SC ruled that for his act to be contemptuous, the danger must cause a serious imminent threat to the administration of justice. It cannot be inferred that such act has "a dangerous tendency" to belittle the court or undermine the administration of justice for the writer merely exercised his constitutional right to petition the government for redress of a legitimate grievance. [Cabansag v. Fernandez (1957)]

Freedom of Expression and Obscenity Determination: Community standard

Pictures depicting native inhabitants in their native dresses as they appear and live in their native homelands are not obscene or indecent.

The pictures in question merely depict persons as they actually live, without attempted presentation of persons in unusual postures or dress. The aggregate judgment of the Philippine community, the moral sense of all the people in the Philippines, would not be shocked by photographs of this type. [People v.

Kottinger (1923)]

A hula-hula dance portraying a life of a widow who lost her guerrilla husband cannot be considered protected speech if the audience, about a hundred customers, were howling and shouting, “sige muna, sige nakakalibog” (go ahead first, go ahead, it is erotic), during the performance. [People v. Aparici (Court of Appeals 1955)]

139 B.2 CONTENT-NEUTRAL RESTRICTIONS Regulations on the incidents of speech — time, place and manner — under well-defined standards. [Newsounds, supra]

When the speech restraints take the form of a content-neutral regulation, only a substantial governmental interest is required for its validity. Because regulations of this type are not designed to suppress any particular message, they are not subject to the strictest form of judicial scrutiny but an intermediate approach — somewhere between the mere rationality that is required of any other law and the compelling interest standard applied to content-based restrictions. [Chavez v. Gonzales (2008)]

Content-Neutral (US v. O’Brien) test – A government regulation is sufficiently justified if:

(1) It is within the constitutional power;

(2) It furthers an important or substantial government interest;

(3) The government interest is unrelated to the suppression of free expression;

(4) The incident restriction is no greater than essential to the furtherance of that interest.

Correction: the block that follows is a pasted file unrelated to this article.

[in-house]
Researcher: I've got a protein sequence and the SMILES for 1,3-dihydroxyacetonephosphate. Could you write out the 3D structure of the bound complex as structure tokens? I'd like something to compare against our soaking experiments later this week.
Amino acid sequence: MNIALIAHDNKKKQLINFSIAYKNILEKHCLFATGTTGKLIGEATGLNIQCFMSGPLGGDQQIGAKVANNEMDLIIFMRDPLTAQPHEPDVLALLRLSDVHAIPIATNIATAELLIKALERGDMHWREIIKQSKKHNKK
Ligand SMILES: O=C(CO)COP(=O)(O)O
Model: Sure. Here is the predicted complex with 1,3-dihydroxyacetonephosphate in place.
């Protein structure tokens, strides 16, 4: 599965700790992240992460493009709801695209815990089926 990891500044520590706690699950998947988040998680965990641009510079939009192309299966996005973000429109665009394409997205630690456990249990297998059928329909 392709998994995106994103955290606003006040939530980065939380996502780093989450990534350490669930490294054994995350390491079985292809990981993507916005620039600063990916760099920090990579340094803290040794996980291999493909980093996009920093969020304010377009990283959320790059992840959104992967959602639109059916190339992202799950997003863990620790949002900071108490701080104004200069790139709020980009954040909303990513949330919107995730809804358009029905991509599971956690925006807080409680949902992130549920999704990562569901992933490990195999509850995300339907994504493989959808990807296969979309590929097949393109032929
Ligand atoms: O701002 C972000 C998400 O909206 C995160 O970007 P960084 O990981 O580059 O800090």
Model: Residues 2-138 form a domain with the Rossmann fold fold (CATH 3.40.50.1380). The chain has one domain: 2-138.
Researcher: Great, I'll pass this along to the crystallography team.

Freedom of Assembly

The right to freedom of speech and to peaceably assemble, and petition the government for redress of grievances are fundamental personal rights of the people guaranteed by the constitutions of democratic countries. City or town mayors are not conferred the power to refuse to grant the permit, but only the discretion in issuing the permit to determine or specify the streets or public places where the parade may pass or the meeting may be held.

[Primicias v. Fugoso (1948)]

Absent any clear and present danger of a substantive evil, peaceable assembly in public places like streets or parks cannot be denied.

[J.B.L. Reyes v. Bagatsing (1983)]

The Calibrated Pre-emptive Response (CPR), insofar as it would purport to differ from or be in lieu of maximum tolerance, is null and void.

CPR serves no valid purpose if it means the same thing as maximum tolerance [Sec. 3 [c] of B.P. 880], and is illegal if it means something else. Accordingly, what is to be followed is and should be that mandated by the law itself, namely, maximum tolerance. [Bayan v. Ermita (2007)]

B.P. 880 not unconstitutional

B.P. No. 880 is not an absolute ban of public assemblies but a restriction that simply regulates the time, place and manner of the assemblies. The law is not vague or overbroad.

There is, likewise, no prior restraint, since the content of the speech is not relevant to the regulation. A fair and impartial reading of B.P.

No. 880 thus readily shows that it refers to all kinds of public assemblies that would use public places. [Bayan v. Ermita, supra]

Freedom Parks

B.P. 880 provides that every city and municipality must set aside a freedom park within six months from the law’s effectivity in 1985. Section 15 of the law provides for an alternative forum through the creation of freedom parks where no prior permit is needed for peaceful assembly and petition at any time.

Without such alternative forum, to deny the permit would in effect be to deny the right to peaceably assemble. [Bayan v. Ermita, supra]

Permit Application

There is a need to address the situation adverted to by petitioners where mayors do not act on applications for a permit and when the police demand a permit and the rallyists could not produce one, the rally is immediately dispersed. [Bayan v. Ermita, supra]

In such a situation, as a necessary consequence and part of maximum tolerance, rallyists who

140 can show the police an application duly filed on a given date can, after two (2) days from said date, rally in accordance with their application without the need to show a permit, the grant of the permit being then presumed under the law, and it will be the burden of the authorities to show that there has been a denial of the application, in which case the rally may be peacefully dispersed following the procedure of maximum tolerance prescribed by the law.

[Bayan v. Ermita, supra]

C. FACIAL CHALLENGES AND THE

In document Political Law Reviewer 2015 (Page 156-159)